- Aug 24, 2021
- Posted by: admin
- Category: Abstract of 5th-icbmeconf
Proceedings of The 5th International Conference on Business, Management and Economics
The New Kid in the Office Block” -an investigation into the Management of Co-working Spaces
Valerie Mc Taggart PhD, Geraldine Barry, Esther Quinn
Waters-Lynch and Potts define coworking spaces as “shared office environments that a heterogeneous group of workers (rather than employees of a single organisation or industry) pay to use as their place of work, to engage in social interaction and sometimes collaborate on shared endeavours” (2017:421). Simply put, coworking spaces (CWS) offer an office workspace combined with a social space, away from traditional office settings (Bouncken et al.,2020).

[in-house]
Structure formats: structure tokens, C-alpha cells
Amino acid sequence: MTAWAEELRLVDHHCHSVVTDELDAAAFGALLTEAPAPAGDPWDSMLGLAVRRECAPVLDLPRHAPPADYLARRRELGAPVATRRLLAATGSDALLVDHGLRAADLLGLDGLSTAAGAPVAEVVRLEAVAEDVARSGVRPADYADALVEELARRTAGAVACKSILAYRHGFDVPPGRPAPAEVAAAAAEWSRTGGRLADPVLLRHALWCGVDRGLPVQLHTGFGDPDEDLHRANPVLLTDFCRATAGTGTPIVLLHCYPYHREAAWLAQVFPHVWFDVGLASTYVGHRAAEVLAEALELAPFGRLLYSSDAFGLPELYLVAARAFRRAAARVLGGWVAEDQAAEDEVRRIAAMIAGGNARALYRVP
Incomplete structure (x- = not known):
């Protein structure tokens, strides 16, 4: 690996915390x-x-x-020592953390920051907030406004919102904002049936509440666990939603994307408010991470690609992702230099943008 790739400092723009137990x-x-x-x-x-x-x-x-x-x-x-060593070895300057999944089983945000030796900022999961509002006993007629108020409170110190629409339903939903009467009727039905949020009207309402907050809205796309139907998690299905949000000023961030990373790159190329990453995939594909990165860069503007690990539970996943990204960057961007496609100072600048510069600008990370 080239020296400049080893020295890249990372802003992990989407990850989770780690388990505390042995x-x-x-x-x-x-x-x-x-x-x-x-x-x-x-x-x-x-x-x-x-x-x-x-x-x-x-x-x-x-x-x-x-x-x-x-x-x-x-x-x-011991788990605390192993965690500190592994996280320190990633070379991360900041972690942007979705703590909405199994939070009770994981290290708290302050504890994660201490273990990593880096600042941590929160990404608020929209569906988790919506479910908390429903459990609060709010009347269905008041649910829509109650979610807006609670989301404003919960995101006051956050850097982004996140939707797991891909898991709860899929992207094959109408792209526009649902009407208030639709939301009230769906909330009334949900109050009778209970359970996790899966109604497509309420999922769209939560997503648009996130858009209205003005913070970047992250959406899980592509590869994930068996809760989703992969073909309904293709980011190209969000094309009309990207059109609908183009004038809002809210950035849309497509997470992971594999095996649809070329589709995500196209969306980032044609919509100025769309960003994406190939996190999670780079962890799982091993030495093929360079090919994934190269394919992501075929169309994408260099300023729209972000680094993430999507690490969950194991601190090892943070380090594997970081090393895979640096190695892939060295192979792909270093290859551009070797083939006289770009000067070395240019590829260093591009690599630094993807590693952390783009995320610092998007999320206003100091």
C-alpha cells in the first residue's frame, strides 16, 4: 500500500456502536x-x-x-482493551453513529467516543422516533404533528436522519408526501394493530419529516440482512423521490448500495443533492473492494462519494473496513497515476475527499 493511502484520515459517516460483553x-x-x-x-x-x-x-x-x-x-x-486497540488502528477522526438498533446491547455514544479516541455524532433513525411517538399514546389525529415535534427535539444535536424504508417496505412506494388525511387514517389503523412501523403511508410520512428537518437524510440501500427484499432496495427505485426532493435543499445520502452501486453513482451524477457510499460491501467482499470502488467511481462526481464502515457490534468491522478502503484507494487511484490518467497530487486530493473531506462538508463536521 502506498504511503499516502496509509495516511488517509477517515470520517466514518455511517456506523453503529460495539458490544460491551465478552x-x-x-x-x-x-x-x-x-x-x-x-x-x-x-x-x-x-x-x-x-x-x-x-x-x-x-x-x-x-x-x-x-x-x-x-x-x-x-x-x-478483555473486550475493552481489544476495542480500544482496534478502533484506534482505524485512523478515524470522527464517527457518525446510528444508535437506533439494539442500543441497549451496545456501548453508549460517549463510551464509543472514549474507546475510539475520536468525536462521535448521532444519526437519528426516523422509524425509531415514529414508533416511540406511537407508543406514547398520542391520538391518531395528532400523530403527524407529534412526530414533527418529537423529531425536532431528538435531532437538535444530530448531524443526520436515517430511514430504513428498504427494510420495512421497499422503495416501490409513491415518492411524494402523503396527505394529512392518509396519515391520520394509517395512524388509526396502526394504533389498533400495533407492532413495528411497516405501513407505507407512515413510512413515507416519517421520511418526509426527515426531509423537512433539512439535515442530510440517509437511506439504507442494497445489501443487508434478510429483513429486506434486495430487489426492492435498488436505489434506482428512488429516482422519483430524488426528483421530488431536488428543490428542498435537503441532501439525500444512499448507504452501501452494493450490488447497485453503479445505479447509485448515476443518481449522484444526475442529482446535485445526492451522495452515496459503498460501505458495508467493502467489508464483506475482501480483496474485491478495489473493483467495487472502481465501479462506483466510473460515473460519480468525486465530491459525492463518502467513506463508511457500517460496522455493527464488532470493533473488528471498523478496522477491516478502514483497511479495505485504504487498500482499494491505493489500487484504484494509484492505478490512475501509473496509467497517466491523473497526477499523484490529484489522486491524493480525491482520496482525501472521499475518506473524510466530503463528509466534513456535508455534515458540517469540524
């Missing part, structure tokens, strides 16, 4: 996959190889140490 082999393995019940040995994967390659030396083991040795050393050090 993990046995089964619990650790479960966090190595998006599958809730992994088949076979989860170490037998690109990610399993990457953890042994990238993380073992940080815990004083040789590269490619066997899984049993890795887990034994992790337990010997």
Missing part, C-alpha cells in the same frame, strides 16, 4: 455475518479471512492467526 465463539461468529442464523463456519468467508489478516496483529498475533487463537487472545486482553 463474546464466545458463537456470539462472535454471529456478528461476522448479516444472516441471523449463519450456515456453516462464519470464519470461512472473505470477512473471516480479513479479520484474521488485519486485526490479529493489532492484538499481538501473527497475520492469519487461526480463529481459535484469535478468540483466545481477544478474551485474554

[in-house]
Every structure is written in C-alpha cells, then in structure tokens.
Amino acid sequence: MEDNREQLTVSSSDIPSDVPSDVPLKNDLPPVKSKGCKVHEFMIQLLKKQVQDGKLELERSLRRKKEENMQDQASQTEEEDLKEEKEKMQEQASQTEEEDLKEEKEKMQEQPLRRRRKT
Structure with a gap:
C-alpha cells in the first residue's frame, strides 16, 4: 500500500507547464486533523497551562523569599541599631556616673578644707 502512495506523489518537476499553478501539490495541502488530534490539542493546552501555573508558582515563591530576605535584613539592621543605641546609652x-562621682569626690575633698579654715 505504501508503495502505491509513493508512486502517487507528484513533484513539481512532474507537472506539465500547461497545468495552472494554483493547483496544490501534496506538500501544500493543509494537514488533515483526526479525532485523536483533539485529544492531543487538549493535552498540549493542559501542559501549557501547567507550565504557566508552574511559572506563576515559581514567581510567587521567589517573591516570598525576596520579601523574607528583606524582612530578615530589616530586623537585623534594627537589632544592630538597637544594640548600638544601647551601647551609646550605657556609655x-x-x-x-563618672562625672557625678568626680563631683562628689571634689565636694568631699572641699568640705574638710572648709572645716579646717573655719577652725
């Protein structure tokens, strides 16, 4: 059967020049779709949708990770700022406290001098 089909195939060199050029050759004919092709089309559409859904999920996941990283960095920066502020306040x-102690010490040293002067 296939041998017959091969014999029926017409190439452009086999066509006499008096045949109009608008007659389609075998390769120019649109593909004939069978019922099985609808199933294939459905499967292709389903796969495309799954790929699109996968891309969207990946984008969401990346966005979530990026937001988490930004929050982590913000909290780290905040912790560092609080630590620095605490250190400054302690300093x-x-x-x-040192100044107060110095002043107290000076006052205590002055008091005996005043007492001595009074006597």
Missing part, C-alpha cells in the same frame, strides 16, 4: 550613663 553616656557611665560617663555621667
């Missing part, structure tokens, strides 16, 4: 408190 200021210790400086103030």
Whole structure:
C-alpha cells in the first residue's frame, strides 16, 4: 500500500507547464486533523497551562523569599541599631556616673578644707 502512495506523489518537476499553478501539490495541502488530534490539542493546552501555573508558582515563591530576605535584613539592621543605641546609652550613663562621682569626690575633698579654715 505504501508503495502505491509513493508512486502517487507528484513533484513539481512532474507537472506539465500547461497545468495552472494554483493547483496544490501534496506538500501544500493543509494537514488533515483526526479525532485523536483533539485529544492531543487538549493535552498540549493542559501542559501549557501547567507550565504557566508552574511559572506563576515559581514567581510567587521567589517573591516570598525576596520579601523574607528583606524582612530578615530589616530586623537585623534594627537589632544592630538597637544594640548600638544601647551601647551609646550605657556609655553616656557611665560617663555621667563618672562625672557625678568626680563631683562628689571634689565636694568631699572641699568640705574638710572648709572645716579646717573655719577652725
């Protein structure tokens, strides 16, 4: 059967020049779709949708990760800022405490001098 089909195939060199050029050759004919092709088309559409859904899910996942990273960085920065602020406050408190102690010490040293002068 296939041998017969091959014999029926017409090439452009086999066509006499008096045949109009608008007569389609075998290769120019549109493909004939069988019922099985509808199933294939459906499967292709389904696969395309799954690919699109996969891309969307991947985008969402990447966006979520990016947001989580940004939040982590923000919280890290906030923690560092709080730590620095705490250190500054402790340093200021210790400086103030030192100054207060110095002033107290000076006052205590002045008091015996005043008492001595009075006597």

Managed and shared workspaces are not an entirely new phenomenon, and their historical roots date back to the early 1970s with the rise of shared artist studio (Merkel 2019). They consist of various forms of contemporary open workspaces that provide shared office facilities and infrastructures to people from diverse professional backgrounds, including freelancers, entrepreneurs, start-ups, micro-enterprises, and well-established companies (Bouncken and Reuschl, 2018; Waters Lynch et al., 2016). Through this coming together of a wide variety of stakeholders, CWS can facilitate joint work, creativity, knowledge exchanges, work satisfaction and ultimately lead to increased innovation and entrepreneurship (Capdevila, 2014) as these mobile employees represent potential sources of knowledge, capabilities, information, and routines that can benefit receiving colleagues in a CWS (Rocha et al.,2018).
The purpose of this empirical study is to identify how CWS should be managed to maximise the benefit to users. Data will be collected and analysed using the principles of the grounded theory methodology approach (GTM) advocated by Corbin and Strauss (1967) and Strauss and Corbin (1998).
Keywords: Coworking spaces, CWS, Digital Hubs, Shared working spaces, Remote Working.